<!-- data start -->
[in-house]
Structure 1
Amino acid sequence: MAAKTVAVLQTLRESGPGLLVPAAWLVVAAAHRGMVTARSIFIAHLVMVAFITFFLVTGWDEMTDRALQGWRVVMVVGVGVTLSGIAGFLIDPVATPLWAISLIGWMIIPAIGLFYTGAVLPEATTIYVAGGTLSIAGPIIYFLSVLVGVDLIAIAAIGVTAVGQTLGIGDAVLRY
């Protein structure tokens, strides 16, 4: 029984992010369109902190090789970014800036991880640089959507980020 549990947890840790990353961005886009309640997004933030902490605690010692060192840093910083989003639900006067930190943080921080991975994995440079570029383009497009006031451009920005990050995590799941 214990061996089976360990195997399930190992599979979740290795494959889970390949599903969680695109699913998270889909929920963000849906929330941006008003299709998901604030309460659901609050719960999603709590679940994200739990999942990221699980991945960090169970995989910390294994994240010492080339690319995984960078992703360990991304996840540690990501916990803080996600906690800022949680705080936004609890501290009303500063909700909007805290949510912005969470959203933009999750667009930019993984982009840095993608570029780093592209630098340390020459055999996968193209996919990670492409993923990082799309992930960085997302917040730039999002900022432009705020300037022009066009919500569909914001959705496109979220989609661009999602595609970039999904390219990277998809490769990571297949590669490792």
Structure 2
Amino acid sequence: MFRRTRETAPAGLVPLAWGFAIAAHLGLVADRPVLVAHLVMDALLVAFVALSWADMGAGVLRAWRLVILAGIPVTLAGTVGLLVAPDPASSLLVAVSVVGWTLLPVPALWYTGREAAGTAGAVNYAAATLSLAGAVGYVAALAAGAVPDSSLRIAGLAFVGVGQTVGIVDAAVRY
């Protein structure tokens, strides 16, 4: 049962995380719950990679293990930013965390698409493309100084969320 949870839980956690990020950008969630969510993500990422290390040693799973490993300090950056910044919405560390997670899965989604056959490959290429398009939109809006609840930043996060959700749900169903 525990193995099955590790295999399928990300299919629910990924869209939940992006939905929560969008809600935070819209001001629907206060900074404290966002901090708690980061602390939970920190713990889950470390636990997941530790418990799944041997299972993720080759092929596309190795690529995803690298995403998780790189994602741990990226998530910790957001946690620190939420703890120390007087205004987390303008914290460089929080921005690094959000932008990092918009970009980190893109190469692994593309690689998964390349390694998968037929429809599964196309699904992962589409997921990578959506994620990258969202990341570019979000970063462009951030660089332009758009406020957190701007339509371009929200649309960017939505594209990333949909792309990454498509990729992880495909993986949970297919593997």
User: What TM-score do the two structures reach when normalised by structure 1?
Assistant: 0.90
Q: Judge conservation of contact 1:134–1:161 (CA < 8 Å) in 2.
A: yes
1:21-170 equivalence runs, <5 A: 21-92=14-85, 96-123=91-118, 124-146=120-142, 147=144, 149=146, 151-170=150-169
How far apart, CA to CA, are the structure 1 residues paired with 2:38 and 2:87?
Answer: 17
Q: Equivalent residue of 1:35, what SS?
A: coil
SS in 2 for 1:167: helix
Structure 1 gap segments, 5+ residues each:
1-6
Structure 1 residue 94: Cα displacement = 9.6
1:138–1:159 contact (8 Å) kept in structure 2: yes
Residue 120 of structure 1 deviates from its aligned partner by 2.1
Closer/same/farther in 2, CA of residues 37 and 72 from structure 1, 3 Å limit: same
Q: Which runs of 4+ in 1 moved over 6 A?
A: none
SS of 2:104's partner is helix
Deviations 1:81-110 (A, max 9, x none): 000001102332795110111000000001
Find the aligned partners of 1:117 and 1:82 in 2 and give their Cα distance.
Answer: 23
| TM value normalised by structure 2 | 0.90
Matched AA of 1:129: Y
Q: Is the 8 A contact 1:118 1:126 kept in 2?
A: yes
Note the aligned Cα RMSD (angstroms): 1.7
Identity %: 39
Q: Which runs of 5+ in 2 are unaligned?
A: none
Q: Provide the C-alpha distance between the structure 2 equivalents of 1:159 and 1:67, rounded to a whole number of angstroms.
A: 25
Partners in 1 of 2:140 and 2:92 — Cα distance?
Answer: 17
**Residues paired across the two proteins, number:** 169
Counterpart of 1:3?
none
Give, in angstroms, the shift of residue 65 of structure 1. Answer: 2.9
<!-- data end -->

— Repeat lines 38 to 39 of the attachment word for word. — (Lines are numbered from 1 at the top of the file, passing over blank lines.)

Q: Provide the C-alpha distance between the structure 2 equivalents of 1:159 and 1:67, rounded to a whole number of angstroms.
A: 25